Senate president Ahmad Lawan’s name is not in the final list of contestants published by the Independent National Electoral Commission (INEC).
Telescope.ng gathered that Lawan and Bashir Machina have been locked in a long-drawn battle over the ticket of the ruling party for Yobe North which Lawan currently represents.
However, Godswill Akpabio, former Minister of Niger Delta Affairs, made the list as the APC candidate for Akwa Ibom North-West Senatorial District.
Earlier in the week, a Federal High Court in Abuja had ordered INEC to accept and publish Akpabio’s name as the candidate of the All Progressives Congress (APC) for the Akwa Ibom North-West District for the 2023 elections.
The Independent National Electoral Commission (INEC) on Tuesday published the final lists of presidential and National Assembly candidates of the 18 registered political parties in the country.
Daily Trust reports that the National Chairman of the APC, Senator Abdullahi Adamu, had warned that Machina risked severe sanctions if he refused to relinquish his ticket to Lawan.
Lawan had contested and lost the APC presidential primaries to a former Lagos State Governor, Asiwaju Bola Ahmed Tinubu.
He, however, tried unsuccessfully to reclaim the Yobe North Senatorial District ticket won by Machina.
Adamu claimed that the party is supreme and that it reserves the right to decide who gets its ticket in any election.
In the final list published on Tuesday, no candidate was published for Yobe North as the space was blank.
However, in Akwa Ibom, Akpabio, who also contested and lost the APC presidential primaries, was declared the winner of another primary.
His name was published as the APC candidate for the Akwa Ibom North-West, with INEC remark stating ‘Court Order’.
National Commissioner and Chairman, Information and Voter Education Committee of INEC, Festus Okoye, said the commission at its weekly meeting held on Tuesday, approved the final list of candidates for national elections (presidential, senatorial and federal constituencies) pursuant to Section 32(1) of the Electoral Act 2022 and item 8 of the Timetable and Schedule of Activities for the 2023 General Election.
He said, “In terms of gender distribution, 3,875 candidates are male, made up of 35 for presidential and vice presidential; 1,008 for senate and 2,832 for house of representatives. Similarly, 381 females comprising one for presidential, 92 for senate, and 288 for house of representatives are contesting. There are also 11 Persons with Disability (PWDs) in the race.”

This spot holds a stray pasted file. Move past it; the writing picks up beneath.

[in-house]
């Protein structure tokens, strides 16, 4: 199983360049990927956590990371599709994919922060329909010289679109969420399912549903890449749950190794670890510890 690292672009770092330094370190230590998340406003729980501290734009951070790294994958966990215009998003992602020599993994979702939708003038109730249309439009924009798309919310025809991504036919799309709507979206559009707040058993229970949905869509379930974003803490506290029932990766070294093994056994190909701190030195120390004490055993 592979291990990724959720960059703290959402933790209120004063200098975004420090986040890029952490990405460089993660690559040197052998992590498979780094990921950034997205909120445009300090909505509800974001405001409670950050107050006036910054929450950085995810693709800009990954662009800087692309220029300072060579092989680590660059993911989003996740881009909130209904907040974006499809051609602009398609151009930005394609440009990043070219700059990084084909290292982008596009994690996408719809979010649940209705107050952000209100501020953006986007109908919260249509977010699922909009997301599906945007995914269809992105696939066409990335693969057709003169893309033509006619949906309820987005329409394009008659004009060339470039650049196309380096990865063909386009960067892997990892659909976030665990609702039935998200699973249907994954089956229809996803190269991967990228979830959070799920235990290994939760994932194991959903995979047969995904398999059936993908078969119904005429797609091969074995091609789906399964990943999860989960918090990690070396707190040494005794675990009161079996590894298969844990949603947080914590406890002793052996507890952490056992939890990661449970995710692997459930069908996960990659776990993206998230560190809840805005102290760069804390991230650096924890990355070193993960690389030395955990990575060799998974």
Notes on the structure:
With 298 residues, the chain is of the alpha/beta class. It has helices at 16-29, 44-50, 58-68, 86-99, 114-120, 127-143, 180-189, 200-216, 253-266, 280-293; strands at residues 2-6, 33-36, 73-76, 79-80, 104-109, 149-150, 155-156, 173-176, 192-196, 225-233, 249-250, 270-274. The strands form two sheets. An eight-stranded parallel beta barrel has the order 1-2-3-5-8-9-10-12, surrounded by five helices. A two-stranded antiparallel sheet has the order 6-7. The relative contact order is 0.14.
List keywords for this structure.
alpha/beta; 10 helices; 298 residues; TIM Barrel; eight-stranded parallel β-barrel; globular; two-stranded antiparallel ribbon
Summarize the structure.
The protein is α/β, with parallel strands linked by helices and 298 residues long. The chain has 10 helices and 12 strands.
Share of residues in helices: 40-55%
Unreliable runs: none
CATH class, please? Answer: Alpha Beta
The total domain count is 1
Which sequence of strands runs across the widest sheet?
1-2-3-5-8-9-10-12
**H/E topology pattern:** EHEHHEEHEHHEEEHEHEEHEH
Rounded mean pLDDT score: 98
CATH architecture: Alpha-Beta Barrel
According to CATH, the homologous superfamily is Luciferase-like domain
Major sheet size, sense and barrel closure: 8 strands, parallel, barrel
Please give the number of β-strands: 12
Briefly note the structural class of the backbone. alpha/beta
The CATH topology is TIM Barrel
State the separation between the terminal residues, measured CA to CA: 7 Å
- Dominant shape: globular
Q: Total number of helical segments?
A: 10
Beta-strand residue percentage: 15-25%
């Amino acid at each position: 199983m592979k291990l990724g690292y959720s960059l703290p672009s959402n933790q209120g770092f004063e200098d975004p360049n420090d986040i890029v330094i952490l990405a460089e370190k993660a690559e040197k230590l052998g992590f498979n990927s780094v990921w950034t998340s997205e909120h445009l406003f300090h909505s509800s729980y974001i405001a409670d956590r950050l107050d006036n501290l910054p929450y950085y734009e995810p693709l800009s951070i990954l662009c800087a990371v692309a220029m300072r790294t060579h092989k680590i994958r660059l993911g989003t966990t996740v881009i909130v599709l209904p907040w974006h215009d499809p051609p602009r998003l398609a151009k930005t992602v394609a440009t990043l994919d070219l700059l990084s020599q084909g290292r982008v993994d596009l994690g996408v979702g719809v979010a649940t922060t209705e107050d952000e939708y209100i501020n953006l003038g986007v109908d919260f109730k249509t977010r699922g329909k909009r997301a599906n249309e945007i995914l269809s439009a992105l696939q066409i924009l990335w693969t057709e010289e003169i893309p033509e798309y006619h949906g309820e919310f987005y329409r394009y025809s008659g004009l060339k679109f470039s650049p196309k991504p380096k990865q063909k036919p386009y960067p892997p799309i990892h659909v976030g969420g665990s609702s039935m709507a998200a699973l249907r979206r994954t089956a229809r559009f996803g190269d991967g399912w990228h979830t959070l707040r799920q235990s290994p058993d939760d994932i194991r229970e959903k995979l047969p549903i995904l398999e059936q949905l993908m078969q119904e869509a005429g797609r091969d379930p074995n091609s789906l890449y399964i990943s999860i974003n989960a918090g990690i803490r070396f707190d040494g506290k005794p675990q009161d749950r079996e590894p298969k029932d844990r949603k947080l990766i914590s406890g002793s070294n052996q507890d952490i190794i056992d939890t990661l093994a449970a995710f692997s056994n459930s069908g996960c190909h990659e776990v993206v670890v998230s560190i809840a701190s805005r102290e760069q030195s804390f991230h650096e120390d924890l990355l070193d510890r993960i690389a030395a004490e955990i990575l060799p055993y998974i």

Okoye said the publication of all nominated candidates’ full names and addresses follows the political parties’ conduct of primaries and completion of the nomination exercise.
He also said that at end of the process, the personal particulars of all nominated candidates were displayed in their constituencies nationwide as provided by Section 29(3) of the Electoral Act.
“Subsequently, validly nominated candidates had the opportunity to withdraw their candidature by notice in writing voluntarily and personally deliver such notice to the political party that nominated them for the election.
“Thereafter, political parties substituted such candidates under Section 31 of the Electoral Act for which the last day was 15th July 2022 for national elections and 12th August 2022 for state elections as clearly provided in item 6 of the Commission’s Timetable and Schedule of Activities. Thereafter, no withdrawal or substitution of candidates is allowed except in the event of death as provided in Section 34(1) of the Electoral Act or pursuant to an order of a court of competent jurisdiction.
“The list published today (Tuesday) contains the names of candidates validly nominated for national elections at the close of party primaries and the period earmarked for withdrawal and substitution of candidates,” Okoye said.
He said that the final list of candidates for state elections (governorship and state constituencies) will be published on 4th October 2022, as already indicated on the Timetable and Schedule of Activities for the 2023 general elections.
He said, “We note the fact that not all the political parties conducted primaries in all the constituencies, submitted the particulars of candidates that emerged from valid primaries or substituted their candidates after fresh primaries within 14 days as provided in section 33 of the Electoral Act.
“This has led to numerous litigations, some of which are ongoing. Where the commission was served with Court orders by aggrieved aspirants or candidates before the publication of this list, these have been indicated under the remark column.”
He also said that in summary, all the 18 political parties have fielded candidates and their running mates for the presidential election and that for legislative elections, 1,101 candidates are vying for 109 senatorial seats and 3,122 candidates for federal constituencies that is the house of representatives seats, making a total of 4,223 candidates contesting for 469 legislative positions.
He urged all political parties to channel any observations on the list of candidates to the commission, and such must be signed by the national chairman and secretary of the political party and supported with an affidavit as provided in Section 32(2) of the Electoral Act 2022.